Pakistan peace talks with Taliban team delayed after government negotiators fail to show up

The militants have been waging an insurgency inside Pakistan since 2007. AFP
Negotiators representing the Pakistani government and Taliban will not meet for preliminary peace talks that were meant to be taking place following a spate of killings.
Two teams, nominated by the government and the Tehreek-e-Taliban Pakistan (TTP), were due to gather in Islamabad at 2:00pm (0900 GMT) to chart a preliminary "roadmap" for the talks on Tuesday. This was meant to pave the way for the beginnings of the peace talks. 
Specifically, the government wants to know the nature of the relationship between the TTP-appointed committee and the TTP\’s own leadership council.
Pakistani Taliban negotiators have condemned the failure of government representatives to meet them in Islamabad, as preliminary peace efforts got off to a chaotic start.
Lead Taliban negotiator Sami ul-Haq told AFP news agency: "Today it has been exposed how serious the government is about talks.
"They are making a joke of talks and joking with the nation. On one side they are saying they are talking to the Taliban and on the other side they are making (a) joke of these talks."
He and his colleagues left Islamabad later in the day.
The government\’s lead negotiator, Irfan Siddiqui, made clear he still expected talks to go ahead, but sought more information on the make-up of the Taliban team and how much authority it had to negotiate.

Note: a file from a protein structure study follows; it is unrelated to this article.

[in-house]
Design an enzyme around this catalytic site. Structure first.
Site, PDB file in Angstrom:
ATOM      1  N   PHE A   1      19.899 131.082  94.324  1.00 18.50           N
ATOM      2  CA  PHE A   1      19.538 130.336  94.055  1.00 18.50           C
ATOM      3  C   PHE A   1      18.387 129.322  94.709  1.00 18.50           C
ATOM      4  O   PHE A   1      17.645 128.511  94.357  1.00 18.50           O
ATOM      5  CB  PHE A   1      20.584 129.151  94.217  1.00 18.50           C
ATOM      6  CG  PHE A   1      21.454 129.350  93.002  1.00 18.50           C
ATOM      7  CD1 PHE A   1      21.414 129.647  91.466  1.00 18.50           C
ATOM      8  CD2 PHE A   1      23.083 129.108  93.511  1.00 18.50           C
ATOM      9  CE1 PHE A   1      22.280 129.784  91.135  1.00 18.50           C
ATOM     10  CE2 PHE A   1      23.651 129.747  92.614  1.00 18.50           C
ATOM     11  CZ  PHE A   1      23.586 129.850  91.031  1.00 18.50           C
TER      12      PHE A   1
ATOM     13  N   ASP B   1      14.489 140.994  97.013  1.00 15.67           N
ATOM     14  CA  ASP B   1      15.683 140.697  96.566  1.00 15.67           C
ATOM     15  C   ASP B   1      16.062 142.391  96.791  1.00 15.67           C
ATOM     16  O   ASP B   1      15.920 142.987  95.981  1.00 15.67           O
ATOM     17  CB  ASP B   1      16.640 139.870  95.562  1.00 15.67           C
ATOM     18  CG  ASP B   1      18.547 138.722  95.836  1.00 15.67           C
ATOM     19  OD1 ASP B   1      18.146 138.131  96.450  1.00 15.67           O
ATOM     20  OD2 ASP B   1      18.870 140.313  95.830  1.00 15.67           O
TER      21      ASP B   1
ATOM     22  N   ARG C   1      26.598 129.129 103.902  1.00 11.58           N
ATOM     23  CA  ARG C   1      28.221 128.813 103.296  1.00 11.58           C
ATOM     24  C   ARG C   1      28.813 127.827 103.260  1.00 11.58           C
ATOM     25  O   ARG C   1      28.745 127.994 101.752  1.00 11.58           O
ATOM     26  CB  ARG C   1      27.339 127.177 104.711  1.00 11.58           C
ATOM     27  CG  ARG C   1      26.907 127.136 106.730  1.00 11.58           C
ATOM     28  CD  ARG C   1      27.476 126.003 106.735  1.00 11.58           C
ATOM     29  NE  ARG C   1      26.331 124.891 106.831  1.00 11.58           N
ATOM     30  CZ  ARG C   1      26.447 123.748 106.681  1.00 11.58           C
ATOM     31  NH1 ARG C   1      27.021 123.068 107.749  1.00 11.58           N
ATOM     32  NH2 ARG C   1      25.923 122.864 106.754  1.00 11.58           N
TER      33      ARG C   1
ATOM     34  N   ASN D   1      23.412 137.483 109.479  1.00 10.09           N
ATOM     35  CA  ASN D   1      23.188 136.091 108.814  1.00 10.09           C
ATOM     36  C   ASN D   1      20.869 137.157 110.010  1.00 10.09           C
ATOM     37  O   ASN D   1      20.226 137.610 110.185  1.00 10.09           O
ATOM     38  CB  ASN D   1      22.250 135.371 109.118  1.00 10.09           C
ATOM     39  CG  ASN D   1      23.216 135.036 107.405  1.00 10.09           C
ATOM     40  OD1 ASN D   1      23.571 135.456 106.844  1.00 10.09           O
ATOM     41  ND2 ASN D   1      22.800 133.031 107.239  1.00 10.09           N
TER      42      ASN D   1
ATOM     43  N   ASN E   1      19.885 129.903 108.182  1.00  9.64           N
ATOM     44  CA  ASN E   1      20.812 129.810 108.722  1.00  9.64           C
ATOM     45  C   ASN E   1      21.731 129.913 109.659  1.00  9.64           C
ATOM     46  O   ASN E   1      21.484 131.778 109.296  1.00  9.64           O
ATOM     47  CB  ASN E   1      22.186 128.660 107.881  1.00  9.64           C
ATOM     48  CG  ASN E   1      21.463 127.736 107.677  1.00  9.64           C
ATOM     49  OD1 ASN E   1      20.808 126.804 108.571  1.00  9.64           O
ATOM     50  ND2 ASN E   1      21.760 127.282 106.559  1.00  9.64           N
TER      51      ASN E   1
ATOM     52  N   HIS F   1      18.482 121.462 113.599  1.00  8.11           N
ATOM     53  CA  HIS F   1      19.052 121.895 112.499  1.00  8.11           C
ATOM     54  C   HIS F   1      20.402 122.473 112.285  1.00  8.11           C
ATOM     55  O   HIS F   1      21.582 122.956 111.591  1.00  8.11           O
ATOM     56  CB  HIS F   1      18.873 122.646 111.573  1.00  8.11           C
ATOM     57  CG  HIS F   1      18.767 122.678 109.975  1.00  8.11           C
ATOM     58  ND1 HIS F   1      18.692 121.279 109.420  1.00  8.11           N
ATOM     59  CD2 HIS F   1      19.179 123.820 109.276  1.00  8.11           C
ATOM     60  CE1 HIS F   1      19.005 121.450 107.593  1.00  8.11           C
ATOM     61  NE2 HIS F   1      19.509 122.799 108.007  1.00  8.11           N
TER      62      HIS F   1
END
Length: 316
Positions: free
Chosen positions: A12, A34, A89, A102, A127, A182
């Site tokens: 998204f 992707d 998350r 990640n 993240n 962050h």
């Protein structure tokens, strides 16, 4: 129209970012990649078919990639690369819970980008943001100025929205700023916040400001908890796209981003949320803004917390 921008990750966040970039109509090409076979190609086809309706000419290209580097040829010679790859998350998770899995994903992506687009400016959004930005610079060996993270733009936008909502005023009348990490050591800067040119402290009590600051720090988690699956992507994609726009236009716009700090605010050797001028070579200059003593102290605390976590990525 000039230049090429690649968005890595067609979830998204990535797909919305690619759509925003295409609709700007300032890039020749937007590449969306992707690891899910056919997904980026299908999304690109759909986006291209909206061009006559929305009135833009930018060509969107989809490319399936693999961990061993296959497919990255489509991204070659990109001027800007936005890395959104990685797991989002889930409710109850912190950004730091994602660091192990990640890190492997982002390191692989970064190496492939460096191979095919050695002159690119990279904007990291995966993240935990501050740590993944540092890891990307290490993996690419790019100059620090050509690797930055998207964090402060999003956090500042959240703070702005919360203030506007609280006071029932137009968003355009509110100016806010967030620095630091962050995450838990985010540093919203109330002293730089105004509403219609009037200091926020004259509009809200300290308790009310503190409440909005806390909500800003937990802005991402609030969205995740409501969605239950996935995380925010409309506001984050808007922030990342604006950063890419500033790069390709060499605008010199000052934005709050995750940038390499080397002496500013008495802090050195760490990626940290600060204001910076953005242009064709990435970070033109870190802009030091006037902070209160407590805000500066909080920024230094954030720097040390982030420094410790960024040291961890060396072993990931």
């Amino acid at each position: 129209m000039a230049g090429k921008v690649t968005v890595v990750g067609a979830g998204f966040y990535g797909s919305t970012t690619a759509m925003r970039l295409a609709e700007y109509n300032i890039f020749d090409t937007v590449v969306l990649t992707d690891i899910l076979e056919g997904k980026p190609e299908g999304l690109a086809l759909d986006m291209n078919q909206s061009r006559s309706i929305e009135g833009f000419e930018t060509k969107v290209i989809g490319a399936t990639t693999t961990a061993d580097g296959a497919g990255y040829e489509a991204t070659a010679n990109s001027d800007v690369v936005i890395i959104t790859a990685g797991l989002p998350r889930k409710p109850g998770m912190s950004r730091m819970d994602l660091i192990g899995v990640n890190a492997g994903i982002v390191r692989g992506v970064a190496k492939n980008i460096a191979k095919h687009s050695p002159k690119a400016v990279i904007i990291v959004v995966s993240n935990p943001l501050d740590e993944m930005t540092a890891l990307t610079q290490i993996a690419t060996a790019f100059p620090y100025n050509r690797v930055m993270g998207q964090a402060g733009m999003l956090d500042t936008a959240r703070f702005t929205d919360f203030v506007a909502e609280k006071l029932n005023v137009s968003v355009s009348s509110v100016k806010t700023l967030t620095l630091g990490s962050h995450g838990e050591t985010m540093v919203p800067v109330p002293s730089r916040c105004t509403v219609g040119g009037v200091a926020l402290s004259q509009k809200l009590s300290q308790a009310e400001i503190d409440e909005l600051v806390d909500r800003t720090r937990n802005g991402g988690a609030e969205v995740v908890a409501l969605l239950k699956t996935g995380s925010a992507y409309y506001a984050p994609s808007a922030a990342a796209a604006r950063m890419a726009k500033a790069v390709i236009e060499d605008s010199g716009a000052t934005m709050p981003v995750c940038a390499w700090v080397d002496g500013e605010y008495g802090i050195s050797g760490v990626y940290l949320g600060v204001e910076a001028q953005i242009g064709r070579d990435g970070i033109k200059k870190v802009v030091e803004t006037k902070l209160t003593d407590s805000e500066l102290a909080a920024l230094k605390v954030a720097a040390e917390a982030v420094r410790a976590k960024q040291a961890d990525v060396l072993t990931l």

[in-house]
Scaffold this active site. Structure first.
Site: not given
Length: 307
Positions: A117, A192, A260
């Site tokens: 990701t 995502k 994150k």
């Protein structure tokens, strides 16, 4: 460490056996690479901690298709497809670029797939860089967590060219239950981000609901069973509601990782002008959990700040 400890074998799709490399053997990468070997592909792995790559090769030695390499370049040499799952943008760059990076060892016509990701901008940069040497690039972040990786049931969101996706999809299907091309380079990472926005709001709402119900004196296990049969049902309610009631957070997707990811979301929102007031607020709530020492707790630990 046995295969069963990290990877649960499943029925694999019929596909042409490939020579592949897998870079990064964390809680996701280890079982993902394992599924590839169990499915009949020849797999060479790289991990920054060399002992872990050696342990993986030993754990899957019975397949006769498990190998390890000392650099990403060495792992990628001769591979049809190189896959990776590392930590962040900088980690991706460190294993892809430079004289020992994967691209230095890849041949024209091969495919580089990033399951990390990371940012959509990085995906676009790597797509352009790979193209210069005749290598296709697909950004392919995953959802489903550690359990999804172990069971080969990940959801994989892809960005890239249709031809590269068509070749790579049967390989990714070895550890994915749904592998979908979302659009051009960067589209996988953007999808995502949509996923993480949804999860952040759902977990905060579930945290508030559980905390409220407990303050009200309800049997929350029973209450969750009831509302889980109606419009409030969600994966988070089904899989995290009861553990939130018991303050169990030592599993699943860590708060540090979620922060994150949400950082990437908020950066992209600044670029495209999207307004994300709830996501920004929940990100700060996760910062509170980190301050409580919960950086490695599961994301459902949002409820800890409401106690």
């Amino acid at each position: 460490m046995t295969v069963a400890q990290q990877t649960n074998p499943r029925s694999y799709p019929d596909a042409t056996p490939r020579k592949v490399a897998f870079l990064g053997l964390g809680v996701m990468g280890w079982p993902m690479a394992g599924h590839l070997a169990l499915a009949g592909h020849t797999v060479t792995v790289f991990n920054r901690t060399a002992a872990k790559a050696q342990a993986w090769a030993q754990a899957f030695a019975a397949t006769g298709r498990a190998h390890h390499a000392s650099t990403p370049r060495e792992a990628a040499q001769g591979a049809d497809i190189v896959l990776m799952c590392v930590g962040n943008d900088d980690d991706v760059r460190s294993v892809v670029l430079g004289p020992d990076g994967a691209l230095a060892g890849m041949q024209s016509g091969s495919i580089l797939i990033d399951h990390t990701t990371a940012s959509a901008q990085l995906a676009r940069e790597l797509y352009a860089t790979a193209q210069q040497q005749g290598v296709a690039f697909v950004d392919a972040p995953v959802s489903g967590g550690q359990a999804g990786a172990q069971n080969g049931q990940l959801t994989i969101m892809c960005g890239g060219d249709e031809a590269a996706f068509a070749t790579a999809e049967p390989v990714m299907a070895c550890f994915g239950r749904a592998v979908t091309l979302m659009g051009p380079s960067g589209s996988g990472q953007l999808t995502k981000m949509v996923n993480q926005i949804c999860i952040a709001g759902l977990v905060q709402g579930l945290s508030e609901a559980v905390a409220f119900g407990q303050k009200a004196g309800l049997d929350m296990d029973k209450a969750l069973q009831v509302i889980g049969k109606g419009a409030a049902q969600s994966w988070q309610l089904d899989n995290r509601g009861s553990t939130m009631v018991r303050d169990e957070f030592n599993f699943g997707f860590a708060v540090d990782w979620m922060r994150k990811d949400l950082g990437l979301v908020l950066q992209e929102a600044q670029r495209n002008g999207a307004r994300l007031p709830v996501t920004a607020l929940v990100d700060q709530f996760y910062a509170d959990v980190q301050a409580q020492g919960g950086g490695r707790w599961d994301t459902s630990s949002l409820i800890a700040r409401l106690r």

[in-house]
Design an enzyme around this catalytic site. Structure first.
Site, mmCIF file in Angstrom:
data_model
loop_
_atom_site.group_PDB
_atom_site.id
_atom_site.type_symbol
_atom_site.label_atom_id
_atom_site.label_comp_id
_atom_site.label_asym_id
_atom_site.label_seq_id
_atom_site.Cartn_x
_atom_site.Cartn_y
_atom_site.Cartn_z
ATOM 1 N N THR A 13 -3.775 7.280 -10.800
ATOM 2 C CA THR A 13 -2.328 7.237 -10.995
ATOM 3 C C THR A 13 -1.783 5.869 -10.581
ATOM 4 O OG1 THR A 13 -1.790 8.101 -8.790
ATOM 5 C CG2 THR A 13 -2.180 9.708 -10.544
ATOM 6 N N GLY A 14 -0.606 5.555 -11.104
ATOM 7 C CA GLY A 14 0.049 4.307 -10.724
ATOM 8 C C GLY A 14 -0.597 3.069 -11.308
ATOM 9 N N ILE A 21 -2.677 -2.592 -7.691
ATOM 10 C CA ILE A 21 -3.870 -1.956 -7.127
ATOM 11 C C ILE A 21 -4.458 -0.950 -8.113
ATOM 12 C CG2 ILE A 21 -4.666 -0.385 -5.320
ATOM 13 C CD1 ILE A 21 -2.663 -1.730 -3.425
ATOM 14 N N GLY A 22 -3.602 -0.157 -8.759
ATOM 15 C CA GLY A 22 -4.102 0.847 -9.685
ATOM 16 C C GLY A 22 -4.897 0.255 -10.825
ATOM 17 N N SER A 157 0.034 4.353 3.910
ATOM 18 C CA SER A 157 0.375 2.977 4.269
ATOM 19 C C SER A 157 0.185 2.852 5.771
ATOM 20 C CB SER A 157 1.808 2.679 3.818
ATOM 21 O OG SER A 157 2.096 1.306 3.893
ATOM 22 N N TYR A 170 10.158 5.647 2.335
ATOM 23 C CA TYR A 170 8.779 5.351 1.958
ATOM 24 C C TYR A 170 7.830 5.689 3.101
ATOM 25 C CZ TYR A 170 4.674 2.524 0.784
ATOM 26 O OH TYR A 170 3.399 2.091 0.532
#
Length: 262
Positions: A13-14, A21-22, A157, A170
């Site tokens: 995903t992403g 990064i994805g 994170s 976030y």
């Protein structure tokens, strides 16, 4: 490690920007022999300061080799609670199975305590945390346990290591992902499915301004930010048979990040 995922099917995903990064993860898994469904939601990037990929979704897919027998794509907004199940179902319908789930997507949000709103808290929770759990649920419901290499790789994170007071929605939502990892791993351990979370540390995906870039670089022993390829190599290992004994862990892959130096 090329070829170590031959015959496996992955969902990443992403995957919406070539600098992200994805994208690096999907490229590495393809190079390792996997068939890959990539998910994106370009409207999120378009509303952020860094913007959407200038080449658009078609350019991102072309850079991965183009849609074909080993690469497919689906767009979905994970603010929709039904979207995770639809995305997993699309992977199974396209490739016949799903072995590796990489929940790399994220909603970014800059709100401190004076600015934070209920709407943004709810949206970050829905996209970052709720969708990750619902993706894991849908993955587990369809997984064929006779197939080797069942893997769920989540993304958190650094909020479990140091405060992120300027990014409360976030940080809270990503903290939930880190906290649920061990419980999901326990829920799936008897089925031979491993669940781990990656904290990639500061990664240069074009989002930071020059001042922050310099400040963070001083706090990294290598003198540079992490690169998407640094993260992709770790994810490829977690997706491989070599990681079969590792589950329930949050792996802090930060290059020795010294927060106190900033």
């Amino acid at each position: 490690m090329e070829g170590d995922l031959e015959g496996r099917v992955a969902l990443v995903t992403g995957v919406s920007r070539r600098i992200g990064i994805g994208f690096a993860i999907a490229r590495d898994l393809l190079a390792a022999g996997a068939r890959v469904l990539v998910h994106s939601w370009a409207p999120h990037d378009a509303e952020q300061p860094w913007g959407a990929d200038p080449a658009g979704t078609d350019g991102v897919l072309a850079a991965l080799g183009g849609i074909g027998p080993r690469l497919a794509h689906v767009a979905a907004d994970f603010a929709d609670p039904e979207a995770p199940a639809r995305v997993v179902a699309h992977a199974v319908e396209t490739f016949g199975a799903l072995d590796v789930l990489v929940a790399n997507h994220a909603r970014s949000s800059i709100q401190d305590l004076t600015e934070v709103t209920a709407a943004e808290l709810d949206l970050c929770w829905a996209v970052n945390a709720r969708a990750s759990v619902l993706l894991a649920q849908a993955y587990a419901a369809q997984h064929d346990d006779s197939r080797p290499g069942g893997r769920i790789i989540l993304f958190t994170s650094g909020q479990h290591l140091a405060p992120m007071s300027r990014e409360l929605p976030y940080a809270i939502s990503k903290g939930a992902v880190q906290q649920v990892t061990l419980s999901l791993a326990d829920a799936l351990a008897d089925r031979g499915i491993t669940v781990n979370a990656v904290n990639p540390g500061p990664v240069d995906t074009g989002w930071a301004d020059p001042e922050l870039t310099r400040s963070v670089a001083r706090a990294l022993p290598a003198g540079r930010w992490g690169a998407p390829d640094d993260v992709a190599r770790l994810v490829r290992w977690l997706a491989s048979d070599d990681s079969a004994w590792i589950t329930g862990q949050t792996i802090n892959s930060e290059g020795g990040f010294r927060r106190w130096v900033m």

"We want the talks to be meaningful… We can start as soon as we know this," he told reporters.
The Taliban responded to the government\’s request for clarification by saying its committee will have the three members all of whom are ready for the talks. It is now up to the government to respond.
Last week, Prime Minister Nawaz Sharif named a team to begin dialogue with the Taliban, who have been waging a violent campaign against the state since 2007.
Many observers had been anticipating a military offensive against TTP strongholds in Pakistan\’s tribal areas, following a bloody start to the year on both sides, with the government responding to Taliban violence with raids on Waziristan strongholds.
More than 110 people were killed in attacks in January, many of them military personnel.
Critics have accused Sharif\’s government of dithering in response to the violence.
The TTP has said in the past that it opposes democracy and wants Islamic sharia imposed throughout Pakistan, while the government has stressed the country\’s constitution must remain paramount.
The TTP had asked cricketer-turned-politician Imran Khan to be part of their team but he declined.
The two sides held separate meetings in Islamabad on Monday and later decided to talk each other on Tuesday, Khan said.
Prime Minister Sharif, who was elected last May, has been under mounting pressure to bring the violence under control, with many accusing his government in recent months of lacking a strategy to deal with the militants.
Source: Al Jazeera and agencies
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